yes beth, in fact, his recommendation that you skip the intro and read it later if you've gotten to the end of the book & have nothing else to read is perfect. i started with the intro, got antsy, skiped to the book, read it & later returned to read the intro -- at which point it made way more sense anyway.
in other words, skip to the book.
-- rja (firstname.lastname@example.org), March 05, 2000.
I started reading the preface, and while it was enjoyable enough, it didn't make a whole lot of sense to me. And yeah, that teeny typeface is irritating. So I'm going to stop reading the preface and skip to the start of the book.
-- Mary Ellen (email@example.com), March 06, 2000.
Oh, and I just stumbled upon this link, and it cracked me up...
-- Mary Ellen (firstname.lastname@example.org), March 06, 2000.
I am halfway through and don't like it that much. I like McSweeny's a lot more, and I use to love his mag Might. And I also loved hearing him on the radio. I think Eggers is a lot better in small doses. And no matter what the critics say, he's no David Foster Wallace. He says this is not a book he would have read if he didn't write it. I don't think he was kidding.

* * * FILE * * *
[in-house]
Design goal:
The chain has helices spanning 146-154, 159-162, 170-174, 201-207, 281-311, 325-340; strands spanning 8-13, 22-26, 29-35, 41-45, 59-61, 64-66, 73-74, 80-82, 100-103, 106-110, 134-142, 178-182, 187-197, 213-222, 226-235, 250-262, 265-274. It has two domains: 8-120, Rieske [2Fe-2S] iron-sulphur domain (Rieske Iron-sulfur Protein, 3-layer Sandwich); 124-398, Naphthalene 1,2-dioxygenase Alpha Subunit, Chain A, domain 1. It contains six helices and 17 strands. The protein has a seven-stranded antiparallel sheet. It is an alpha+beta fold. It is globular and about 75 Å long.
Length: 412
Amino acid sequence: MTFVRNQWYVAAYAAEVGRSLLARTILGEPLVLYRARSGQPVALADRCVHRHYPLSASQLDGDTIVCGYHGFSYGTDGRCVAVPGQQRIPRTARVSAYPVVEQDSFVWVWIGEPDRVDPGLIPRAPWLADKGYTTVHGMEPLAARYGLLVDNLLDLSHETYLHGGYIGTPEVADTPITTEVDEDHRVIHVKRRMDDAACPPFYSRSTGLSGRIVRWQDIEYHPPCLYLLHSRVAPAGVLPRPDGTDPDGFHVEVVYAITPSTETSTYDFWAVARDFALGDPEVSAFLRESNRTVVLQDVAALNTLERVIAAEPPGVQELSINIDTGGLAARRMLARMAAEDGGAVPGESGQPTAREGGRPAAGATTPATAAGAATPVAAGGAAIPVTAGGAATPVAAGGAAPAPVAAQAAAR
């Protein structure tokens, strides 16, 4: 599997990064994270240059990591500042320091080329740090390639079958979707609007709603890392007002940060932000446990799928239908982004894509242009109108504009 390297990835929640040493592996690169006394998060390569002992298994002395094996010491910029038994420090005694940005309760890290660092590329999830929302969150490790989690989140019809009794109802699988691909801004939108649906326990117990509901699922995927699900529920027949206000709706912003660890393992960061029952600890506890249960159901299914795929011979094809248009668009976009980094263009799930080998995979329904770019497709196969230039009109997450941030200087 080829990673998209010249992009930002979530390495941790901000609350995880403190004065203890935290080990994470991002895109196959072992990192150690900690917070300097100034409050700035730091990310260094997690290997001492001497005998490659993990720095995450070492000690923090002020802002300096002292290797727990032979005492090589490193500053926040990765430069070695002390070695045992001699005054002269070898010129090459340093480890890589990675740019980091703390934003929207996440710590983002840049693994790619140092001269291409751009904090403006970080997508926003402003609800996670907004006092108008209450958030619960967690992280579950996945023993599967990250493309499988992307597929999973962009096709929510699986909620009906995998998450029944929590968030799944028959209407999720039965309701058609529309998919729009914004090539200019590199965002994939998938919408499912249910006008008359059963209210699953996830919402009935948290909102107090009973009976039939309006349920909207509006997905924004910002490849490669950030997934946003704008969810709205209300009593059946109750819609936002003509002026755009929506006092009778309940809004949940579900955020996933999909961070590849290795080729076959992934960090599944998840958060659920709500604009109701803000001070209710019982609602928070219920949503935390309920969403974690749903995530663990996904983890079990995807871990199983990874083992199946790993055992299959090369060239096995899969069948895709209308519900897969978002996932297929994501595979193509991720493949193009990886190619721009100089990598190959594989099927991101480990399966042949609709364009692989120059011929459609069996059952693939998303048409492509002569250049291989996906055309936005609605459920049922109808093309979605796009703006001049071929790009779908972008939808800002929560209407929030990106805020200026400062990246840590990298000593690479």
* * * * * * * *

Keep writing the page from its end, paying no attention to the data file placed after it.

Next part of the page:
-- hmmm yeah (email@example.com), March 06, 2000.
I just bought the book on the way home, and immediately knew I'd like it because of the copy under the author photo. It's a photo of him with a dog, and it says something like "This is not his dog."
I love that kind of thing. In the Mystery Science Theatre book, they did little bios of all the cast members holding the same dog. It was just ... so ... odd.
--Gael Get your daily dose of Web weirdness at Pop Culture Junk Mail
-- Gael Cooper (firstname.lastname@example.org), March 06, 2000.
Be warned that I've read the whole thing
If Eggers said this isn't the sort of book he'd read if he hadn't written it, I'd believe him. My husband, who heard it, said that in the NPR interview he said he's read only one memoir and that one after he'd written this. The first rule (to break) for writers is to read plenty of the genre you write. He hasn't read memoir. (Is this memoir?)
Also I was expecting, based on the interview and the acknowledgments, for there to be a lot more self-referential meta stuff than there was. There were maybe half a dozen explicit breaks in the fourth wall (or whatever you call it in books not television--I wouldn't call it authorial intrusion for other reasons).
He himself also says it's not staggering, genius, or heartbreaking. He's right. It's good, it's amusing, but it struck me as the kind of book that wouldn't've got published if he hadn't had Connections. And he has to have had connections; magazines like Might (which I never heard of or saw in the flesh) don't get burgeon into the offices of the SF Chronicle or court the staff of Wired without them. He doesn't get explicit and tries to distance his family from the socioeconomic norm of Lake Forest, but someone knew someone who knew someone, I'd bet.